Benjamin Moore Paints It Black With a Halloween Prank at a Haunted Hotel

Martin ambushes the pros

IDEA: Get the job done right, and get out. Painters like to work quickly—and no more so than when the job site is a spooky, abandoned hotel where centuries-old ghosts scare you witless just as you're applying that first coat.

That was the premise of a new prank video by The Martin Agency for Benjamin Moore's Ultra Spec 500 paint—a product that's "Scary fast. For a scary good job." The agency found an old hotel in Atlanta, installed hidden cameras, invited professional painters in at night, one by one, to work on a wall deep inside the building—and gave them the fright of their lives.

"On a given day, a painter is probably not dealing with ghosts," said Benjamin Moore CMO David Melançon. "But he might be dealing with a cranky client. He might be dealing with kids running around in the back room. He might be dealing with a lot of issues that, for him, make it a scary job. This just takes that idea one step further."

COPYWRITING: The three-minute video unfolds like a horror movie, rather than a behind-the-scenes video (like the super-viral Carrie stunt earlier this month). "It's the ultimate torture test," said Martin creative director Vanessa Fortier.

An older gentleman welcomes the painters and walks them to the room while giving a creepy history of the place. "Years ago, people with mental diseases were kept here for a period of time," he says. Then he leaves them alone. The tension builds as a rocking chair creaks to life and a chandelier rattles—and eventually the lights flicker out and a pale waif of a girl with dead eyes lurches in and screams.

Quickly, the lights come on and the prank is revealed, as the victims, laughing, struggle to catch their breath and slow their heart rate.

FILMING/ART DIRECTION: Jason Zada, who filmed 2011's famous "Take This Lollipop" horror short about Internet stalking, shot this video from dusk to dawn one night. It turned out the hotel had, in fact, once been used as a mental hospital. "When we walked in, we were like, 'Oh God, this place is really freaky.' And it did have a history," said Martin creative director and copywriter Dave Gibson. (He and art director Mauricio Mazzariol are both big horror fans.)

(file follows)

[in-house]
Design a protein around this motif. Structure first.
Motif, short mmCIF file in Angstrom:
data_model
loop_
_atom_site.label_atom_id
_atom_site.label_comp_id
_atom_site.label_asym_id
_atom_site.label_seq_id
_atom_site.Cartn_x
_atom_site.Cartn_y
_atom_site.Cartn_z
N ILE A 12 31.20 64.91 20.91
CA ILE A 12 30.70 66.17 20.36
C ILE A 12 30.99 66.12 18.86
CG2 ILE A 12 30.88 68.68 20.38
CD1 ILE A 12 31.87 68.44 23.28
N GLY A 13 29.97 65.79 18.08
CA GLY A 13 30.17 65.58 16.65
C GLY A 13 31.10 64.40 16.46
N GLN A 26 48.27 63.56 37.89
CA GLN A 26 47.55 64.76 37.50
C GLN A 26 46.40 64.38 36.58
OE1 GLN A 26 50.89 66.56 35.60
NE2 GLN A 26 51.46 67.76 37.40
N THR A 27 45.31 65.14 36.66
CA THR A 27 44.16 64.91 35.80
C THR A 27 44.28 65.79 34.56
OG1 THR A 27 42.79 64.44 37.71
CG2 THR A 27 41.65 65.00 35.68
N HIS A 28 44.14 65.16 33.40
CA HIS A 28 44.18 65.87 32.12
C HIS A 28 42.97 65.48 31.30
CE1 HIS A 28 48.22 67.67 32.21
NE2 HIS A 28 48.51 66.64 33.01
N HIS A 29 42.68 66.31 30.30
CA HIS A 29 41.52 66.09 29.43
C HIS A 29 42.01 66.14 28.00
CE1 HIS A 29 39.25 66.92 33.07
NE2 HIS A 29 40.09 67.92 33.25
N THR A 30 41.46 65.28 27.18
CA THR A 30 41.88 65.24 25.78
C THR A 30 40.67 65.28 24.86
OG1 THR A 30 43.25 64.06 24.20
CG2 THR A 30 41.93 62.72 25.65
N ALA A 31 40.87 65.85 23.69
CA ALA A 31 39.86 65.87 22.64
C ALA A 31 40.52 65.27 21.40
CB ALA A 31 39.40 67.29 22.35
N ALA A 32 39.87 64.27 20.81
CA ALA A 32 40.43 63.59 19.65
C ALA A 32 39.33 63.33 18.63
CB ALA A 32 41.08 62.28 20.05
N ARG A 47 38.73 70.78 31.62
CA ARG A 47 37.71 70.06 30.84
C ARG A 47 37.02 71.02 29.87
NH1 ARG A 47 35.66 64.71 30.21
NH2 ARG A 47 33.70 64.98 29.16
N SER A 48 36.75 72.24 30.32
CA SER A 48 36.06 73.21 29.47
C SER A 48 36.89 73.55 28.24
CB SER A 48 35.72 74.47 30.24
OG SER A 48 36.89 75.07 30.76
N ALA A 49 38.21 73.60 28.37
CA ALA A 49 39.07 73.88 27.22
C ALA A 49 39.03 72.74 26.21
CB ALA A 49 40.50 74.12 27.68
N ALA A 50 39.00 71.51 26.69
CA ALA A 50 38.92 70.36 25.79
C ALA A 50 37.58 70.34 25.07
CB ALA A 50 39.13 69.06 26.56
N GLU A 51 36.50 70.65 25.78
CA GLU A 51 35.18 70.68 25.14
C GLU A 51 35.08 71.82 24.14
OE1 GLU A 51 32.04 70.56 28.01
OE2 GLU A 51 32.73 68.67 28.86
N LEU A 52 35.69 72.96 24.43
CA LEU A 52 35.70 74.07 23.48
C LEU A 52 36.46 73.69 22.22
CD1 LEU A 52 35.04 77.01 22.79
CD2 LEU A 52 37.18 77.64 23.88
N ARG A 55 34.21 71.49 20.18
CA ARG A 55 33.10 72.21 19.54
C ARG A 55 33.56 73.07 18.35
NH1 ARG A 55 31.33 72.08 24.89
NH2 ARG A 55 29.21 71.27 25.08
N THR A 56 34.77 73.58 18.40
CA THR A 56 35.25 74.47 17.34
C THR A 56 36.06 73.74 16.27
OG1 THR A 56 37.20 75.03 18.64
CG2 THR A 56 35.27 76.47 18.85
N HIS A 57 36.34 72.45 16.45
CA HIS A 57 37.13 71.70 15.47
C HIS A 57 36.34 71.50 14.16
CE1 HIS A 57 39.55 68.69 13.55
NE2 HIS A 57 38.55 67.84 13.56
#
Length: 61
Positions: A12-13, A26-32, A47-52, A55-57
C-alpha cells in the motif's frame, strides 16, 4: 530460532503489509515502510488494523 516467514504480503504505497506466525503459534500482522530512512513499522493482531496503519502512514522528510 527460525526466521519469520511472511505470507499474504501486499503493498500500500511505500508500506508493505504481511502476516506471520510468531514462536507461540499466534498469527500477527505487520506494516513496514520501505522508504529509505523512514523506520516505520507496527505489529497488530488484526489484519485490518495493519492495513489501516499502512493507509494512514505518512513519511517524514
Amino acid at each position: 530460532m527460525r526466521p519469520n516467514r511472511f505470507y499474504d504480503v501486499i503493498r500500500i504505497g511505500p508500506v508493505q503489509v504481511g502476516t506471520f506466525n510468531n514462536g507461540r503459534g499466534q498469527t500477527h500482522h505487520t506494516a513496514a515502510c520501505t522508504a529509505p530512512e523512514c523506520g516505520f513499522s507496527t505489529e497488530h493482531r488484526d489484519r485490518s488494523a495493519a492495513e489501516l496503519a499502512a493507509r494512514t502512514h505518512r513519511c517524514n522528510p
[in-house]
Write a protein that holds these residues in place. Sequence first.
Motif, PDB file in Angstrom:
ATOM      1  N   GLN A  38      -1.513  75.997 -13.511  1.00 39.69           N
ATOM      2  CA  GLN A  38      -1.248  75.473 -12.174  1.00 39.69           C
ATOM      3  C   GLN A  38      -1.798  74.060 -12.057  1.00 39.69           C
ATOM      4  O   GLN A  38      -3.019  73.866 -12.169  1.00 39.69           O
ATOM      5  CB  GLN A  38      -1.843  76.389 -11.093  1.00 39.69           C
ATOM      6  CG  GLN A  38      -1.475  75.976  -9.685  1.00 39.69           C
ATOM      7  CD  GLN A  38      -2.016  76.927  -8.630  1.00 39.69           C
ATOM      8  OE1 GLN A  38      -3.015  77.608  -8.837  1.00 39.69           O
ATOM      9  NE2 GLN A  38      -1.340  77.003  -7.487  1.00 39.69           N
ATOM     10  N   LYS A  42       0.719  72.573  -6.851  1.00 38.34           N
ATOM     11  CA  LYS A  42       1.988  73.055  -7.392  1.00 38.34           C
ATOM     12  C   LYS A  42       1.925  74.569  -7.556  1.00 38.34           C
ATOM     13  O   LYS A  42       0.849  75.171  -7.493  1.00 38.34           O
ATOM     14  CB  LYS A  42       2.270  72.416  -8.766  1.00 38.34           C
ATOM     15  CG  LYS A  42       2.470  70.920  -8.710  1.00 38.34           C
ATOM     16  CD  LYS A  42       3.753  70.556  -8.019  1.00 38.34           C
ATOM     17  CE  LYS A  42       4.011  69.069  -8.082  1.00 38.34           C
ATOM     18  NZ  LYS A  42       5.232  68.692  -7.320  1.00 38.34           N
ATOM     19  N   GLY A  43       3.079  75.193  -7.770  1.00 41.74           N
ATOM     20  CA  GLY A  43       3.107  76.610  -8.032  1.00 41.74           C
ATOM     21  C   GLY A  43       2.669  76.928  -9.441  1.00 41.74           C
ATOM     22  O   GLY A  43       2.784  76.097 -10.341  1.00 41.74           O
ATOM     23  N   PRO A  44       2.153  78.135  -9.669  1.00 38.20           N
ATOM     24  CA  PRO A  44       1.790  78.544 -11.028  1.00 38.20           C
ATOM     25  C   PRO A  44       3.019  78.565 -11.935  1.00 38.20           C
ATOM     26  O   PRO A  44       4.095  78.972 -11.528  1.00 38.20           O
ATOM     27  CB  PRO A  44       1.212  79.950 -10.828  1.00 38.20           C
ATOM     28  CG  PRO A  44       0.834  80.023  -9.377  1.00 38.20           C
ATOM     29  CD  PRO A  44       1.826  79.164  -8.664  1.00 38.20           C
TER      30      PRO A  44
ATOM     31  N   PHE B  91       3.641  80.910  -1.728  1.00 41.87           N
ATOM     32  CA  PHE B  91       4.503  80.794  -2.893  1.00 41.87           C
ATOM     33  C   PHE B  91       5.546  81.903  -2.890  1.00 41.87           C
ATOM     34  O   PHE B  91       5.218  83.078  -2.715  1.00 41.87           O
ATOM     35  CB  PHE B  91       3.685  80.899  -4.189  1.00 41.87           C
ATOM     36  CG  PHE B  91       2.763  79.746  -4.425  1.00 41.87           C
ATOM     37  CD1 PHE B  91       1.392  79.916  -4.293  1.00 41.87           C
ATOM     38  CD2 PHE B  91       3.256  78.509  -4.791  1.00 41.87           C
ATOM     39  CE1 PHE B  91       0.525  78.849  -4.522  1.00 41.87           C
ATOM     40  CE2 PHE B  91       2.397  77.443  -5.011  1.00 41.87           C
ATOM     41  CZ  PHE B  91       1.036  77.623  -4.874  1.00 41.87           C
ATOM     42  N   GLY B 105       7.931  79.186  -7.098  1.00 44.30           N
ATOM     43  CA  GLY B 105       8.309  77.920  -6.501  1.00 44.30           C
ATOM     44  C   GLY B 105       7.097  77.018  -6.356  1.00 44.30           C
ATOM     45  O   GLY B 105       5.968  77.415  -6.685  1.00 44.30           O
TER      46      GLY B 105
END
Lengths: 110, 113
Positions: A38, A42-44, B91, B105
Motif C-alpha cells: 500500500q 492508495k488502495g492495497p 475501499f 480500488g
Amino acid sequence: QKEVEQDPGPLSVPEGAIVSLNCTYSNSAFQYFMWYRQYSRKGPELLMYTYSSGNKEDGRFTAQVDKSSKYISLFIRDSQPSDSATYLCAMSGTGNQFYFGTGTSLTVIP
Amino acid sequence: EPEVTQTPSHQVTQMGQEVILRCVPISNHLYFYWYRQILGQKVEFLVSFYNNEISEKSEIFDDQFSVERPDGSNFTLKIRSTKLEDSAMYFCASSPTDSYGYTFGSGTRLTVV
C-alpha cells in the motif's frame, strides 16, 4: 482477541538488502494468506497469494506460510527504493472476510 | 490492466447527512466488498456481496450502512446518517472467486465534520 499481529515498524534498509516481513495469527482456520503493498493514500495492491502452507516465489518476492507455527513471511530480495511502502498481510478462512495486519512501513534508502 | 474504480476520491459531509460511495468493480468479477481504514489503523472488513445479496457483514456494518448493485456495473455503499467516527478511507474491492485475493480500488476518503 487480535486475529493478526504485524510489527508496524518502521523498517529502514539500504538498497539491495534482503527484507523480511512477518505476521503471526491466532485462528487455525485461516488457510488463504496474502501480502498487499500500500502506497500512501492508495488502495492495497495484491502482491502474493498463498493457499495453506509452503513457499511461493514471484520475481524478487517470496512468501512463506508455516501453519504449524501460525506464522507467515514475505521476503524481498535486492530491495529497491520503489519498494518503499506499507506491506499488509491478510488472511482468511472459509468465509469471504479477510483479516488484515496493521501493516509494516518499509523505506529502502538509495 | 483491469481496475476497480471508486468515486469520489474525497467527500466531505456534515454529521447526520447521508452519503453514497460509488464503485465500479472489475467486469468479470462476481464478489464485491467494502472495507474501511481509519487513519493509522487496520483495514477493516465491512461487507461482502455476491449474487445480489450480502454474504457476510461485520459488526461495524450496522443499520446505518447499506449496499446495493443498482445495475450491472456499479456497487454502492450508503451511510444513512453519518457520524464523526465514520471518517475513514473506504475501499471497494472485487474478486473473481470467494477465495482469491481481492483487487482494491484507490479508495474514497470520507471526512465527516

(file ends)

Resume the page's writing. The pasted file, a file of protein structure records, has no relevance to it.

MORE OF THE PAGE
Visually, they drew inspiration from movies like The Others, with the furniture all eerily draped in white sheets. Shooting in Atlanta helped—Southern gothic horror shows like The Walking Dead and The Vampire Diaries are filmed there, and the crew who dress sets for those programs worked on this, too.

TALENT: The agency found contractors in the area that use Benjamin Moore, and then asked the bosses at those places to pick employees to prank. (The first victim, Victor, was especially jumpy, his boss explained—and indeed, he needs serious calming down at the end.) The agency made sure none of them had heart conditions, and had a medic on set just in case.

The hotel host was modeled on the caretaker from Phantasm ("There's just something a little bit off about him," said Gibson), and the ghostly girl was suitably bony and gaunt—in fact, she played a zombie on The Walking Dead.

"She knitted these little mice that were really weird and held them in her hand," said Gibson. "We were like, 'What are the mice for? We didn't ask you to bring mice.' And she was like, 'Oh, I knit these for children.'" "She was like a living ghost," said Fortier.

SOUND: The sounds of the rocking chair, chandelier and girl's scream were amplified by speakers in the walls. A typical creepy horror score was commissioned for the intro and outtro.

MEDIA: YouTube and a microsite,, which includes testimonials, product specs and more.